Lightning strikes to humans have been going on as long as times and lightning strikes have been going on. We just hear about them more today than in the distant past. Rarely, humans are struck by lightning, and even with the record of known strikes to humans in one lifetime being seven, it is still a very rare phenomenon. The first time Major Walter Summerford, an Englishman, was said to have been struck by lightning was in 1918 on a World War I battlefield. He was reportedly riding a horse at the time and, while the animal died, Summerford was only temporarily incapacitated by the strike. It’s possible the horse took the bulk of the hit, because Summerford’s feet were not on the ground, meaning that it traveled through Summerford, through the horse, and then on into the ground. That is the nature of lightning. It travels through something with electricity (which humans have, by the way) and then into the ground. So unfortunately, the horse became a part of the connection and actually finished the connection…costing the horse its life. Sad, for sure, but the horse saved the life of its rider.

Summerford’s documented additional strikes included two more times…in 1924 and 1930. Then to make him even more unique, Summerford was technically struck after he had died. It happened that two years after he was buried in Vancouver, Canada, a lightning storm went through the area, and lightning actually struck his gravestone in 1936. The bolt was packed with so much power, that Summerford’s gravestone was completely destroyed by that fourth lightning strike. Now that’s got to be the most unique human/lightning encounter story in history.

Neil Armstrong made history on July 20, 1969, when he became the first person to step on the moon. That is something we all have known about for a very long time. What we didn’t know about was that the Wright Brothers also made history on the moon. You might wonder how that could be, considering the fact that Orville and Wilber Wright died in 1948 and 1912, respectively. With that many years between their time and the 1969 moon landing, how could the Wright brothers possibly land on the moon. Well, it was simple really. As part of the mission, Armstrong and his team carried small bags of belongings called personal preference kits.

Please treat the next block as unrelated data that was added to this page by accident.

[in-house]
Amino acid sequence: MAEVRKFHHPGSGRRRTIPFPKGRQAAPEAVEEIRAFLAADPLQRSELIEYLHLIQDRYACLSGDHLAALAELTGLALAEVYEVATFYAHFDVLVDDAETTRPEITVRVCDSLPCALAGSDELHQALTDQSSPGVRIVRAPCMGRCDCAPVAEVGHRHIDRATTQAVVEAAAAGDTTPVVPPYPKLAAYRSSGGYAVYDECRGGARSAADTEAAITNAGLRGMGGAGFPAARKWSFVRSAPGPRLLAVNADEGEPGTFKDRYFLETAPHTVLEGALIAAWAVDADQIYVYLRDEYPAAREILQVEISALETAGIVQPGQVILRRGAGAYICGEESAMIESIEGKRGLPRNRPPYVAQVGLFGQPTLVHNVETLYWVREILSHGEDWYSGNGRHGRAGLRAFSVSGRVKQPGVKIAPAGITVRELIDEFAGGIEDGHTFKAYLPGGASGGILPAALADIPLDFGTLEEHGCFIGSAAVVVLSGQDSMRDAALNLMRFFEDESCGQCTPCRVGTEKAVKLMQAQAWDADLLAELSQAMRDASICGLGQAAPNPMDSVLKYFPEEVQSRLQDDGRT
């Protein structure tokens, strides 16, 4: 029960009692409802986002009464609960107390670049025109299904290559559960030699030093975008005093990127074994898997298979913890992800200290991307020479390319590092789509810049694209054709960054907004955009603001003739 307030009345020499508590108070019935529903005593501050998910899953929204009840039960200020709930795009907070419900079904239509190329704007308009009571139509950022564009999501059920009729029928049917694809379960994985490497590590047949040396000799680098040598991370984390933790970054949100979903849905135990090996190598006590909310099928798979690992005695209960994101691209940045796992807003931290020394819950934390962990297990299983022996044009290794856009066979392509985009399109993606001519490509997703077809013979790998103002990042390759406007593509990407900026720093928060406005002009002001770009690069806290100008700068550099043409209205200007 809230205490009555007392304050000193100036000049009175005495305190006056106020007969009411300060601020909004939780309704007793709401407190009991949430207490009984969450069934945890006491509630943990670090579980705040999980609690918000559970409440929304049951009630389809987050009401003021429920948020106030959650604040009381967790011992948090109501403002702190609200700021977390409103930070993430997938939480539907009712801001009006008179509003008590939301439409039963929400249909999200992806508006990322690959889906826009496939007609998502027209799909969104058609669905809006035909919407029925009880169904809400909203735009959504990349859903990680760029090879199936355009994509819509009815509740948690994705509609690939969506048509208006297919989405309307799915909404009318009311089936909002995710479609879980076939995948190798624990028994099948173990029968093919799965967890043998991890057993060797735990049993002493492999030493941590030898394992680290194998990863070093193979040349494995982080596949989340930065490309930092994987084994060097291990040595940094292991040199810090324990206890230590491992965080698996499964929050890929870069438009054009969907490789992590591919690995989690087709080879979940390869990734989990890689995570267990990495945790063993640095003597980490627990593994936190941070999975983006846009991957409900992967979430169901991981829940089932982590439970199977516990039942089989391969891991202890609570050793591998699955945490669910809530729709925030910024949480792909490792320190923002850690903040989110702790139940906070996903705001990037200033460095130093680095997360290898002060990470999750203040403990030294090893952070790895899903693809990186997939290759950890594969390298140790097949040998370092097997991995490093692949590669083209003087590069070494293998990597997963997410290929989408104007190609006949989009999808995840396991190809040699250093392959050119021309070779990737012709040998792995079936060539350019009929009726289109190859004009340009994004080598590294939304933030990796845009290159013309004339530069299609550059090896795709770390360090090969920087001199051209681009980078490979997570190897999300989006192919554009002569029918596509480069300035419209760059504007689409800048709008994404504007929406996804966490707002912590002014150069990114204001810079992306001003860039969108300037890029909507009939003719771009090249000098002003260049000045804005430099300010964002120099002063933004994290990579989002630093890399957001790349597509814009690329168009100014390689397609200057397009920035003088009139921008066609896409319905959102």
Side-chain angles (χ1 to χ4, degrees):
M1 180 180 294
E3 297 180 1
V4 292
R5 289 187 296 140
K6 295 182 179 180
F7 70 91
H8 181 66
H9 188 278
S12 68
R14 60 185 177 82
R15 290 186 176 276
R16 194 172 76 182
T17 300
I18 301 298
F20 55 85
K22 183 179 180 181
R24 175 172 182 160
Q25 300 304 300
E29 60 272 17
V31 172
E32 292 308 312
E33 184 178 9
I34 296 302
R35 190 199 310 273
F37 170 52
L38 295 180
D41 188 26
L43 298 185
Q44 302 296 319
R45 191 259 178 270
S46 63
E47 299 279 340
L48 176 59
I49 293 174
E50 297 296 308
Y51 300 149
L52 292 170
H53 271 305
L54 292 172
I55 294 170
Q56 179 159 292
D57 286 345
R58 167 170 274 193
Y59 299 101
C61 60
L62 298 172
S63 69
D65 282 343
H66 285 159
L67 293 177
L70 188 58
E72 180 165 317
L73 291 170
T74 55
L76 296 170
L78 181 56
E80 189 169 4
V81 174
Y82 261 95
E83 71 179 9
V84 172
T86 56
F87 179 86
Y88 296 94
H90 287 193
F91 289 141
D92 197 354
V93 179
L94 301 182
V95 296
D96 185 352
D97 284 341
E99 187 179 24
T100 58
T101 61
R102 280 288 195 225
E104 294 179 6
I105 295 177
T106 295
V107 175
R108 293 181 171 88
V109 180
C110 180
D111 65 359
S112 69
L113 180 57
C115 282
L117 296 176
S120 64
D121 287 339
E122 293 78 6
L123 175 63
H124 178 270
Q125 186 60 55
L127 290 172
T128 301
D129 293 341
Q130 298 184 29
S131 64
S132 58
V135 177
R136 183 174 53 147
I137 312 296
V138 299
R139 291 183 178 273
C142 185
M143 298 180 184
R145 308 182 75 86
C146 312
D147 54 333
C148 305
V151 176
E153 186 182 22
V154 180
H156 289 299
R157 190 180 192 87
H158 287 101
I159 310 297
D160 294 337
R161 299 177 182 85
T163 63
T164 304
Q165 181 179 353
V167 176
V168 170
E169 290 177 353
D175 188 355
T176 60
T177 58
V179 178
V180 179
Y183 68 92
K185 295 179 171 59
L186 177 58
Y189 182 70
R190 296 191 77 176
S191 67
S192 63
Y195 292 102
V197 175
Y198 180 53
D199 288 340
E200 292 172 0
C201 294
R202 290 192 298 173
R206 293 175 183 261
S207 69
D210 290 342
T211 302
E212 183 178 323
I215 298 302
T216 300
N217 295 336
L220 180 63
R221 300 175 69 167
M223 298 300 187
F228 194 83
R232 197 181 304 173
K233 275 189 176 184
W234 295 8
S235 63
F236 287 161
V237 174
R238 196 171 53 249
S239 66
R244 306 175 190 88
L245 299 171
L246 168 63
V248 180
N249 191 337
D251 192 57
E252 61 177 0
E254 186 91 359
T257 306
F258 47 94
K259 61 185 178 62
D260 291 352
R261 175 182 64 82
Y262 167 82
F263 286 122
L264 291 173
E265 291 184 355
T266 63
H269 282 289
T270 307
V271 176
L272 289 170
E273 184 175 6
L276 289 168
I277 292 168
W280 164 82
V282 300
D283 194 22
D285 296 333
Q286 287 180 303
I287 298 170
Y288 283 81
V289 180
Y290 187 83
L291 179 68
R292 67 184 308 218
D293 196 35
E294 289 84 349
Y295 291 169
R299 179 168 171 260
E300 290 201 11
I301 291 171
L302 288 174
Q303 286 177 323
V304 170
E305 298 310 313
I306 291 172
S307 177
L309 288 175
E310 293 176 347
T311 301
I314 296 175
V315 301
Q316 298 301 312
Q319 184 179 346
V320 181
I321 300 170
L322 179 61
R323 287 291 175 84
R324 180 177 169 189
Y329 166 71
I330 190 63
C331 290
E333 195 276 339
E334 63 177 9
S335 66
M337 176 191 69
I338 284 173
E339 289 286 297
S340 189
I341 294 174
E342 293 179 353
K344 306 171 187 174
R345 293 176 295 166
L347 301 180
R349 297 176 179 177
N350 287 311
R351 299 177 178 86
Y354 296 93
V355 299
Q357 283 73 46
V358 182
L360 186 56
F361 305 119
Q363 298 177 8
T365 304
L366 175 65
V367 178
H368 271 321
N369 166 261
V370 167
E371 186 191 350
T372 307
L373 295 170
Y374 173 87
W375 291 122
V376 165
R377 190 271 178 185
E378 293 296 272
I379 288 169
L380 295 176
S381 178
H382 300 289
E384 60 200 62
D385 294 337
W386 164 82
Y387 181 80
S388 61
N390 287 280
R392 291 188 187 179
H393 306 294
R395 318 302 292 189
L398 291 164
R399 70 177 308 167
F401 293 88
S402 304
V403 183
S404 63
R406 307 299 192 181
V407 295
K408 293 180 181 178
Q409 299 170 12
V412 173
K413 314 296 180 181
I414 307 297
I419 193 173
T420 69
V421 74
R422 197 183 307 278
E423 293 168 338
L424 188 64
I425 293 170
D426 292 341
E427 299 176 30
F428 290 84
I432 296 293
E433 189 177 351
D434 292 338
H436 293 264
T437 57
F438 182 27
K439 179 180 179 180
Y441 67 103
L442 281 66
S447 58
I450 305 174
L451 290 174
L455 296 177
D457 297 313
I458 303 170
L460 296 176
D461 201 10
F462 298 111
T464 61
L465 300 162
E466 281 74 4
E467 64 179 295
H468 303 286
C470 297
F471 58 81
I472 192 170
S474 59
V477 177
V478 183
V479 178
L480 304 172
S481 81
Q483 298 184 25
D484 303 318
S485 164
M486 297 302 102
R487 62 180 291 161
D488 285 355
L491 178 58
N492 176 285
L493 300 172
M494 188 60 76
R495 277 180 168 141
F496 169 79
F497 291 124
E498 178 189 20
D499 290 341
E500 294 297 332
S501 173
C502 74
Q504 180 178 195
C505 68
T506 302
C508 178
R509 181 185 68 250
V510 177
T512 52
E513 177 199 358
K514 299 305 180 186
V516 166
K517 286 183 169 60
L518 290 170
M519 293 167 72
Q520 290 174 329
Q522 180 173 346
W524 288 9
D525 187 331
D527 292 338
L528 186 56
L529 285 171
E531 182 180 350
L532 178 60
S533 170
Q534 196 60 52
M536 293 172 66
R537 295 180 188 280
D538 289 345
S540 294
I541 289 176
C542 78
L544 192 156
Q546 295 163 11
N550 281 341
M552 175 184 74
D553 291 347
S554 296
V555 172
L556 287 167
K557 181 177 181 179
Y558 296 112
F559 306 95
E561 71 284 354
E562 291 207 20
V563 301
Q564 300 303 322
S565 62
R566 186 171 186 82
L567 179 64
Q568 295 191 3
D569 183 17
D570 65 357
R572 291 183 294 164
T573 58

The men were supposed to choose things that had meaning to them and maybe even to the mission they were on. In Armstrong’s bag were souvenirs of another important aircraft… believe it or not, they were parts of the fabric and propeller from the Wright Flyer, flown by Armstrong’s fellow Ohioans, Wilbur and Orville Wright, on December 17, 1903. He must have felt a connection to them since all three of them were from Ohio. Some of those souvenirs remained with Armstrong after the flight to the moon, while some of the others went to the Smithsonian Institution.

In an interesting sidenote, another swatch of fabric from the Wright Flyer went with John Glenn, when he went into orbit aboard the space shuttle Discovery in 1998, and a postage-stamp-size piece has gone to Mars aboard the Ingenuity helicopter. It makes sense that the men who first made flight possible, should somehow have a place in what would have been the future of flight for them, if they were still alive. The Wright brothers started something with that first plane, and it wasn’t just flight. Without that first flight, space travel would never have been possible. They started the ball rolling on an amazing future of space exploration. What mor fitting tribute could there be that to take part of that first plane into space and allow it to land on the moon, mars, or just to be in flight in space at all.